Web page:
Respiratory System

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respiratory system, the system in living organisms that takes up oxygen and discharges carbon dioxide in order to satisfy energy requirements. In the living organism, energy is liberated, along with carbon dioxide, through the oxidation of molecules containing carbon. The termrespiration denotes the exchange of the respiratory gases (oxygen and carbon dioxide) between the organism and the medium in which it lives and between the cells of the body and the tissue fluid that bathes them.

With the exception of energy used by animal life in the deep ocean, all energy used by animals is ultimately derived from the energy of sunlight. The carbon dioxide in the atmosphere in conjunction with the energy of sunlight is used by plants to
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The amount of oxygen available in natural waters is also limited by the amount of dissolved salts. This factor is a determinant of oxygen availability in transitional zones between sea and fresh water. Pure water, when equilibrated with oxygen at 0° C, for example, contains about 50 millilitres of oxygen per litre; under the same conditions, a solution containing 2.9 percent of sodium chloride contains only 40 millilitres of oxygen per litre. Bodies of water may have oxygen-poor zones. Such zones are especially evident in swamps and at the lower levels of deep lakes. Many animals are excluded from such zones; others have become remarkably adapted to living in them.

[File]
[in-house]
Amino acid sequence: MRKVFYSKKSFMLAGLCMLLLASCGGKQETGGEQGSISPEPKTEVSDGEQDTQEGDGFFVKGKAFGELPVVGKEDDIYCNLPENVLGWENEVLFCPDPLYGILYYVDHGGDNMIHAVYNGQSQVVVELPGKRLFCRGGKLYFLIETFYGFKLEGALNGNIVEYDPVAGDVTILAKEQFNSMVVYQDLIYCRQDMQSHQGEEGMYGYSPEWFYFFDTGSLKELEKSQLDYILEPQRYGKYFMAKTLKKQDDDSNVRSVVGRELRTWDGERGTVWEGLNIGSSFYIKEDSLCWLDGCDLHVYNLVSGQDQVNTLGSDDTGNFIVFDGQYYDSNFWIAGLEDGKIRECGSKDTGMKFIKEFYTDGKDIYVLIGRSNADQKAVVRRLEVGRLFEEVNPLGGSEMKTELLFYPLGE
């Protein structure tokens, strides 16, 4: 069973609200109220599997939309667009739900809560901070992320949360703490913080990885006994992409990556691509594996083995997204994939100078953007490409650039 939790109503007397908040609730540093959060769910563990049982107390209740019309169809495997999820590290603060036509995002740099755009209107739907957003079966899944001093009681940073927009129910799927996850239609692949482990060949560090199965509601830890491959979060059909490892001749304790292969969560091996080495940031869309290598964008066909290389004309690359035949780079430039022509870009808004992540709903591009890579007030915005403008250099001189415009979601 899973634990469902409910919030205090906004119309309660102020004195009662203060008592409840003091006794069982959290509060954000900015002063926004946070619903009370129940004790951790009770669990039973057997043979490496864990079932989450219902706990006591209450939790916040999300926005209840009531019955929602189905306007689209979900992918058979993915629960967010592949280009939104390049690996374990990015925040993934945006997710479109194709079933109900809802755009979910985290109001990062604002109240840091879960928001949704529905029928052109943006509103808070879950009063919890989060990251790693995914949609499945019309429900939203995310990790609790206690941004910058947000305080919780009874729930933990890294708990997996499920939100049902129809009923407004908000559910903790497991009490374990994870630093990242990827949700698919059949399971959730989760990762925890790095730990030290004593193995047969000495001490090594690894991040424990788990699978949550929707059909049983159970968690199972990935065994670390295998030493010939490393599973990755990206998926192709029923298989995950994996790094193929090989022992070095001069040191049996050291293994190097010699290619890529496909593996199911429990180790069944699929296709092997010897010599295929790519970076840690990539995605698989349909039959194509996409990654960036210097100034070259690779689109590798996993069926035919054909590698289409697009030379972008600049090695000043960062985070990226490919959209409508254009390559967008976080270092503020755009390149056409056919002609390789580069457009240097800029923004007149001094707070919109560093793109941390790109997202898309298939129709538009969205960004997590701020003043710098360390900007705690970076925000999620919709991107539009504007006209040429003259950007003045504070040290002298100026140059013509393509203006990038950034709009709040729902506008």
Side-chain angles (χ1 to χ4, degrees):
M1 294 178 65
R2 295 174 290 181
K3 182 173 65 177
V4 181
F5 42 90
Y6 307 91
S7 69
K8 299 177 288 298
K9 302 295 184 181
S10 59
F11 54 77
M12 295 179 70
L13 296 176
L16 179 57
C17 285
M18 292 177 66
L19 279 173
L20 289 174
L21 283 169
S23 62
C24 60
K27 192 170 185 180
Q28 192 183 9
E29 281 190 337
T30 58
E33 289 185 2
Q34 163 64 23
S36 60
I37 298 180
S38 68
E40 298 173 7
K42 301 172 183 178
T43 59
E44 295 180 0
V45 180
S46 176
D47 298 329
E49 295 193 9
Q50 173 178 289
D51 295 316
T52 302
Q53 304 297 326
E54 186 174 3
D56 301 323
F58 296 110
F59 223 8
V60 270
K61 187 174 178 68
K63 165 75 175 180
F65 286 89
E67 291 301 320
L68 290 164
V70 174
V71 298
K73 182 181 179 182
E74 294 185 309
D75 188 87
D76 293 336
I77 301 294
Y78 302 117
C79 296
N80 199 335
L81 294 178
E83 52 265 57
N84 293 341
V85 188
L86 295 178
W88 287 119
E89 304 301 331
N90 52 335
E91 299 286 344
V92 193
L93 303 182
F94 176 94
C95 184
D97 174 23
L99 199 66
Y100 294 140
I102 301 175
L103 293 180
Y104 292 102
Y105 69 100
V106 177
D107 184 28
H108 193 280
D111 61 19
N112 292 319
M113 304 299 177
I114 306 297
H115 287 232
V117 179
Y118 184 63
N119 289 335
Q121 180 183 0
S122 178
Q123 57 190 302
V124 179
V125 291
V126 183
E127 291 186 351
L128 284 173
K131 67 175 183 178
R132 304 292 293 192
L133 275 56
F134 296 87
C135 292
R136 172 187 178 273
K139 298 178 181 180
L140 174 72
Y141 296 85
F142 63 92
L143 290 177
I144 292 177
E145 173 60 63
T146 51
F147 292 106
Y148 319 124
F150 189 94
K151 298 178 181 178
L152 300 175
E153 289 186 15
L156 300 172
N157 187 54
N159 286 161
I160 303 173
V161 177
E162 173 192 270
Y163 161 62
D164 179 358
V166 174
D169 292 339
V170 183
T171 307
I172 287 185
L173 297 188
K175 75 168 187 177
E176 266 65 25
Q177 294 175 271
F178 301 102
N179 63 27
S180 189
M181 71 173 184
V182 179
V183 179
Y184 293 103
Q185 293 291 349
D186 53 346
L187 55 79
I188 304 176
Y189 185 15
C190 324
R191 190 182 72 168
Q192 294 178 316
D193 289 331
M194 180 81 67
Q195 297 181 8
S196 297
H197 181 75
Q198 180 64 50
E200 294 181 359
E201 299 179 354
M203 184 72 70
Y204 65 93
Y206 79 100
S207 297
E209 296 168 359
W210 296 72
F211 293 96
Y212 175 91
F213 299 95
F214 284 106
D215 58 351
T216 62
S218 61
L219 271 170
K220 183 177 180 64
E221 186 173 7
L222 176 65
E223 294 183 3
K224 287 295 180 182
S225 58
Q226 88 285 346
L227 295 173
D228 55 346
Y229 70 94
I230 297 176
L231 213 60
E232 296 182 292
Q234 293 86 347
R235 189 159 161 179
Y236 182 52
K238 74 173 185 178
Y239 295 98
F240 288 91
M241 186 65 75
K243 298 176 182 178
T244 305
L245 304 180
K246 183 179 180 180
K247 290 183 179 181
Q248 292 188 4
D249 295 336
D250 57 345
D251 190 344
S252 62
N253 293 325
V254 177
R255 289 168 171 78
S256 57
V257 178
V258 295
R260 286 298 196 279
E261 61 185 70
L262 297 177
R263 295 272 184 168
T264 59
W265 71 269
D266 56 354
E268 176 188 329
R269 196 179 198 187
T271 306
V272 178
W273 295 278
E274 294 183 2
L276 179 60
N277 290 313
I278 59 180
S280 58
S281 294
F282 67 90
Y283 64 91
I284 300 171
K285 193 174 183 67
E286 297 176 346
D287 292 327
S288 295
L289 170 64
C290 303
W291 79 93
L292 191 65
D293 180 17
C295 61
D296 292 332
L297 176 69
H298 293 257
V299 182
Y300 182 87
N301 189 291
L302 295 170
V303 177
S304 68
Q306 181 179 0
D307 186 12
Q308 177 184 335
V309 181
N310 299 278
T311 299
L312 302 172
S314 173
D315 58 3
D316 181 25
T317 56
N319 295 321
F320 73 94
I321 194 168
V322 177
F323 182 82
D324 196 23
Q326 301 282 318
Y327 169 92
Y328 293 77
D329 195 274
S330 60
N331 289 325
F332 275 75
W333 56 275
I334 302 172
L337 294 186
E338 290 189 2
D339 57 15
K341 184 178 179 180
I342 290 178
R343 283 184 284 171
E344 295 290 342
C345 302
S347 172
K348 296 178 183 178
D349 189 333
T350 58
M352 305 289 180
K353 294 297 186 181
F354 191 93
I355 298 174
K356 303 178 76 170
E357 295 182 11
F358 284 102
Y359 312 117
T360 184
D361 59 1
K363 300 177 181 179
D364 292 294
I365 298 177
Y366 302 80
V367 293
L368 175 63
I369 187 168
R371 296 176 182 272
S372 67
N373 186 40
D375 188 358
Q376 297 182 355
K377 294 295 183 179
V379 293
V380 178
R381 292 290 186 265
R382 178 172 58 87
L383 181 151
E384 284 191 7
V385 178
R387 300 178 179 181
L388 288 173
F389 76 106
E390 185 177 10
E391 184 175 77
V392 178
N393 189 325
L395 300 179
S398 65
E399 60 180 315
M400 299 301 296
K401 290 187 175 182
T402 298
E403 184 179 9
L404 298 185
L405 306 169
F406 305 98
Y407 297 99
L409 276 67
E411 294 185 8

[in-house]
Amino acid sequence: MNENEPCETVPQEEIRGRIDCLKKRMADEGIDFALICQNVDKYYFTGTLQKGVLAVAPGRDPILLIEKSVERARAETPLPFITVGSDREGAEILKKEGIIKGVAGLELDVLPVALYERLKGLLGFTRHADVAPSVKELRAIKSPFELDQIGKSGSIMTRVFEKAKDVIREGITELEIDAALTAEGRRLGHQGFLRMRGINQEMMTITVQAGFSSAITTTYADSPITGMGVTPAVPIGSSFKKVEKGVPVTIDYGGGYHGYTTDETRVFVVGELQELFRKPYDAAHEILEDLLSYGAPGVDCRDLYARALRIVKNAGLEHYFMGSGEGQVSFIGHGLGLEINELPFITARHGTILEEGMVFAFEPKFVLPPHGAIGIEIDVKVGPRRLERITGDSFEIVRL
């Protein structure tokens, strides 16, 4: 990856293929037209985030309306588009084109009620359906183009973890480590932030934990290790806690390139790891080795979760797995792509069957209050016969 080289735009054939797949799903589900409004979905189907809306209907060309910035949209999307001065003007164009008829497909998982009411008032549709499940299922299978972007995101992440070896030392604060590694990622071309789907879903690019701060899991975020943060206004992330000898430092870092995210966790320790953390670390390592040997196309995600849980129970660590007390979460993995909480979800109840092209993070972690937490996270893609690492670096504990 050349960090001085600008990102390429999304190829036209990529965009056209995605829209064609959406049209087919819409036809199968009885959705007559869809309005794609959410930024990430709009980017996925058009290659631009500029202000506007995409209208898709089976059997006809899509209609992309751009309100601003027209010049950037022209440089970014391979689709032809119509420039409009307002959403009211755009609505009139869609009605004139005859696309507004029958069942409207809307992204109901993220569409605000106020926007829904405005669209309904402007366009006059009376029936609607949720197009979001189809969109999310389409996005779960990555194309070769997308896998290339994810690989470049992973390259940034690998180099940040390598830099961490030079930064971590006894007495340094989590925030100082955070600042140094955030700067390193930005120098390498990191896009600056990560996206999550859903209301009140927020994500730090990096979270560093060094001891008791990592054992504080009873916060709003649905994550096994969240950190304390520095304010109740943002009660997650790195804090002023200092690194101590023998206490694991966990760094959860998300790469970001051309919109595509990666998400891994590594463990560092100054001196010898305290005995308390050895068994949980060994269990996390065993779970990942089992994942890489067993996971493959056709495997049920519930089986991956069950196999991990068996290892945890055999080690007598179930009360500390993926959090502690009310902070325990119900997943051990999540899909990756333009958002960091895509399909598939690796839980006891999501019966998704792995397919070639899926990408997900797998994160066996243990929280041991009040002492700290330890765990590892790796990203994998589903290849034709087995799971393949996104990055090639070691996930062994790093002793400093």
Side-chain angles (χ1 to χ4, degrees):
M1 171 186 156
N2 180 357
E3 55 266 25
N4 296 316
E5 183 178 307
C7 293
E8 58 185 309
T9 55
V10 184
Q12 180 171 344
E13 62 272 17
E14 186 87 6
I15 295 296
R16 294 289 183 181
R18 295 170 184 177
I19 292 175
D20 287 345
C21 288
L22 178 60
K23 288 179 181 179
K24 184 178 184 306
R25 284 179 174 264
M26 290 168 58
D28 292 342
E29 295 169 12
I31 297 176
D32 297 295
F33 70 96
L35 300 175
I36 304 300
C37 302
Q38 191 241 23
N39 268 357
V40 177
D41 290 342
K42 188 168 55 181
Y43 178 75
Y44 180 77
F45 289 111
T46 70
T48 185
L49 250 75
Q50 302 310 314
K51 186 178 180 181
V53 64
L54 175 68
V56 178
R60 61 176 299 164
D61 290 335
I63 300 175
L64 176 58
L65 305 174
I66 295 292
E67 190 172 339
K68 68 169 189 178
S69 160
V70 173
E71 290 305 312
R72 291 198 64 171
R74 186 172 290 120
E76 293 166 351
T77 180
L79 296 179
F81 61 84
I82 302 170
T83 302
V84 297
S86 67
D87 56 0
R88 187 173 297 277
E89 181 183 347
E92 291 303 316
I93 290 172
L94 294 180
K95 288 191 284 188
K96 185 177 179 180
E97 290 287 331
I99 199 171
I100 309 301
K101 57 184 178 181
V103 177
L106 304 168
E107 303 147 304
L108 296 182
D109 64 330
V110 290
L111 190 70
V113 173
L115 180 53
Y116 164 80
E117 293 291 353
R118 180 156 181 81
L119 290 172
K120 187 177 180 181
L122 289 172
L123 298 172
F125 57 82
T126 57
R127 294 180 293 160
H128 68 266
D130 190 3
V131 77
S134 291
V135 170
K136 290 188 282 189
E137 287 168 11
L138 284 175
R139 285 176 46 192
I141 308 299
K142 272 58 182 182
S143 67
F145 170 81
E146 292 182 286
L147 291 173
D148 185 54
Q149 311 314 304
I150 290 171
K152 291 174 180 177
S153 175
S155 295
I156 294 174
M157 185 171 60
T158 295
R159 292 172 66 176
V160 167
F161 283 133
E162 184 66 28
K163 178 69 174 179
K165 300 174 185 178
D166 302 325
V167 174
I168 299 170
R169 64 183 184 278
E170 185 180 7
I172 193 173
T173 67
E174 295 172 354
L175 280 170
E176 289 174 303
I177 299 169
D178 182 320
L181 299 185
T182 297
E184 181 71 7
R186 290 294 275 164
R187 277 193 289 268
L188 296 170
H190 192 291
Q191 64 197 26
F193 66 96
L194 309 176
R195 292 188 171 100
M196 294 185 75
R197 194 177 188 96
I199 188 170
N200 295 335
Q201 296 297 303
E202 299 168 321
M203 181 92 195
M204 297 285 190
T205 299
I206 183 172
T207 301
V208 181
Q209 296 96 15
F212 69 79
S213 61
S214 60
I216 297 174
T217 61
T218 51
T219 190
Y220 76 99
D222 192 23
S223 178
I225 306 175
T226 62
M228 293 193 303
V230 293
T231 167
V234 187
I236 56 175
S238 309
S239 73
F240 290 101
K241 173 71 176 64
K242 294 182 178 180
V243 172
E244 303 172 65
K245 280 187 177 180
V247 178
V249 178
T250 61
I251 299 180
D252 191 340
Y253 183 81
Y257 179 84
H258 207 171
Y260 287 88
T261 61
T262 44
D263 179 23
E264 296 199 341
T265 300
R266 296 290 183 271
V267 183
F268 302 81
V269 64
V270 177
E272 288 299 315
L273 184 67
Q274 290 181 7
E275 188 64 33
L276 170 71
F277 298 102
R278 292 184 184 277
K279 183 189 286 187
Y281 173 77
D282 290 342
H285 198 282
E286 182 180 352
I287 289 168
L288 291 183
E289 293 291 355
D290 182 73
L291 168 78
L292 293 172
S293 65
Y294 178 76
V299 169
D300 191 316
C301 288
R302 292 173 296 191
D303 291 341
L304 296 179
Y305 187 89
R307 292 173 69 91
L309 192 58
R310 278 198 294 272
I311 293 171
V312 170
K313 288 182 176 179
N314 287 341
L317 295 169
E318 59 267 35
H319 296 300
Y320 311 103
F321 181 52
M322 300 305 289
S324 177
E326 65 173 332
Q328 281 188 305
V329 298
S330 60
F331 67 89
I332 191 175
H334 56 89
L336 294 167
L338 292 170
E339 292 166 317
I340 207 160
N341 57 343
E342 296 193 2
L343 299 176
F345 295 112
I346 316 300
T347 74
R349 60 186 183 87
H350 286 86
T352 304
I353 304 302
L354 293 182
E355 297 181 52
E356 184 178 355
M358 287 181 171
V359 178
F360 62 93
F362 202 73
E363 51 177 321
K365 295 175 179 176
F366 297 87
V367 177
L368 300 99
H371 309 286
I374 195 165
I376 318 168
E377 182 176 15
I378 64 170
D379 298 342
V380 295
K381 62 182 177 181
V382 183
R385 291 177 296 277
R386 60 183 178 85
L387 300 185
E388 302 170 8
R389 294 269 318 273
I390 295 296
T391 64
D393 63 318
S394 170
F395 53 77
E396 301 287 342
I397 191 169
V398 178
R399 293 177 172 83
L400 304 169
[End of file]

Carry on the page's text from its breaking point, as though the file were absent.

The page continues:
The Earth’s atmosphere extends to a height of many miles. It is composed of a mixture of gases held in an envelope around the globe by gravitational attraction. The atmosphere exerts a pressure proportional to the weight of a column of air above the surface of the Earth extending to the limit of the atmosphere: atmospheric pressure at sea level is on average sufficient to support a column of mercury 760 millimetres in height (abbreviated as 760 mm Hg—the latter being the chemical symbol for mercury). Dry air is composed chiefly of nitrogenand inert gases (79.02 percent), oxygen (20.94 percent), and carbon dioxide (0.03 percent), each contributing proportionately to the total pressure. These percentages are relatively constant to
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